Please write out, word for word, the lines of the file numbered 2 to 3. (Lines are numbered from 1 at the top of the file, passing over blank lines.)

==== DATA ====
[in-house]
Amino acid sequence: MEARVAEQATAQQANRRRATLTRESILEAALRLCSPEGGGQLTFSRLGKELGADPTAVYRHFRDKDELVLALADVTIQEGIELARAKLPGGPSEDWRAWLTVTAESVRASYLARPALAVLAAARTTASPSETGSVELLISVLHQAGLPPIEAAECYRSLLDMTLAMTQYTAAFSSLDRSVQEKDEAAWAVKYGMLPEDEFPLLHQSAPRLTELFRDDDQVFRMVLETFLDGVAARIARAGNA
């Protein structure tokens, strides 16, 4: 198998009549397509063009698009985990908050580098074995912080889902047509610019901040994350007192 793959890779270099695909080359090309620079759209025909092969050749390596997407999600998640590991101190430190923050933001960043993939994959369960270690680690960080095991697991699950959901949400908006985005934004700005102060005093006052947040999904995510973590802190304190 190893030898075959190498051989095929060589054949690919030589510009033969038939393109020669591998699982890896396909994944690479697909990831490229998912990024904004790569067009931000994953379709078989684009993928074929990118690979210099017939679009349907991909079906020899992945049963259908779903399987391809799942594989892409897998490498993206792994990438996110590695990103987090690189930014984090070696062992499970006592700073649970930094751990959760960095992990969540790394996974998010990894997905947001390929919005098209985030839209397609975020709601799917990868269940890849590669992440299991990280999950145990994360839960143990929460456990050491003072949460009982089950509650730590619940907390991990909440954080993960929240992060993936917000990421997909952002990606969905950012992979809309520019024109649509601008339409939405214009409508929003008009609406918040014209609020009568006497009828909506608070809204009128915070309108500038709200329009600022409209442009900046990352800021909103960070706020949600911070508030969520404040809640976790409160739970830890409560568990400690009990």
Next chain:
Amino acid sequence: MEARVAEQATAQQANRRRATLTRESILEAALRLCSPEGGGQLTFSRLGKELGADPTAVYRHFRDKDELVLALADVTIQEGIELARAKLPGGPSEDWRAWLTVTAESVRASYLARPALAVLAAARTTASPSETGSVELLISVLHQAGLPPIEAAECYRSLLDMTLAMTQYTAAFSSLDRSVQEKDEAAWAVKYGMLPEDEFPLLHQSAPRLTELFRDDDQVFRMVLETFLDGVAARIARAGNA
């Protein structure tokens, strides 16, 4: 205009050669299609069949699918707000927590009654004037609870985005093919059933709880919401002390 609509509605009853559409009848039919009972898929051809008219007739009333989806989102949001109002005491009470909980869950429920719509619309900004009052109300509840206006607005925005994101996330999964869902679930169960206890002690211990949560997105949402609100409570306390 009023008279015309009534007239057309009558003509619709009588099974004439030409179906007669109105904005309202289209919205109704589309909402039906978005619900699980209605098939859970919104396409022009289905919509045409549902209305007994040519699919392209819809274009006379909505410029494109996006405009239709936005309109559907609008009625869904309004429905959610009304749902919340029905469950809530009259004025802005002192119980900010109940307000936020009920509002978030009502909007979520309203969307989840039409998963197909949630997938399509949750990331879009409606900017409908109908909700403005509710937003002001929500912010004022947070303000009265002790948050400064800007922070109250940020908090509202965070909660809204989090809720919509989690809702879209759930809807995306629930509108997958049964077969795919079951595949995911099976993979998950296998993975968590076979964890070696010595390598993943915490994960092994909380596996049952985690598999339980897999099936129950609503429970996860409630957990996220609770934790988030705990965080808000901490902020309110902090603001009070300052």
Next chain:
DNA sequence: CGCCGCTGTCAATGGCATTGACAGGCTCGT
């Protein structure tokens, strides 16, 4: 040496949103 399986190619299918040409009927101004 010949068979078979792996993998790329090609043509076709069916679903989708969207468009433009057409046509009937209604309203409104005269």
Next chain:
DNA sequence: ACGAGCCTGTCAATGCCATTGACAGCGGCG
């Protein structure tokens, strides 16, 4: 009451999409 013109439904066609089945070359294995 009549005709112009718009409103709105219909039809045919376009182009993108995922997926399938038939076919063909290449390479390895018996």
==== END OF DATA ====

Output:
Amino acid sequence: MEARVAEQATAQQANRRRATLTRESILEAALRLCSPEGGGQLTFSRLGKELGADPTAVYRHFRDKDELVLALADVTIQEGIELARAKLPGGPSEDWRAWLTVTAESVRASYLARPALAVLAAARTTASPSETGSVELLISVLHQAGLPPIEAAECYRSLLDMTLAMTQYTAAFSSLDRSVQEKDEAAWAVKYGMLPEDEFPLLHQSAPRLTELFRDDDQVFRMVLETFLDGVAARIARAGNA
């Protein structure tokens, strides 16, 4: 198998009549397509063009698009985990908050580098074995912080889902047509610019901040994350007192 793959890779270099695909080359090309620079759209025909092969050749390596997407999600998640590991101190430190923050933001960043993939994959369960270690680690960080095991697991699950959901949400908006985005934004700005102060005093006052947040999904995510973590802190304190 190893030898075959190498051989095929060589054949690919030589510009033969038939393109020669591998699982890896396909994944690479697909990831490229998912990024904004790569067009931000994953379709078989684009993928074929990118690979210099017939679009349907991909079906020899992945049963259908779903399987391809799942594989892409897998490498993206792994990438996110590695990103987090690189930014984090070696062992499970006592700073649970930094751990959760960095992990969540790394996974998010990894997905947001390929919005098209985030839209397609975020709601799917990868269940890849590669992440299991990280999950145990994360839960143990929460456990050491003072949460009982089950509650730590619940907390991990909440954080993960929240992060993936917000990421997909952002990606969905950012992979809309520019024109649509601008339409939405214009409508929003008009609406918040014209609020009568006497009828909506608070809204009128915070309108500038709200329009600022409209442009900046990352800021909103960070706020949600911070508030969520404040809640976790409160739970830890409560568990400690009990």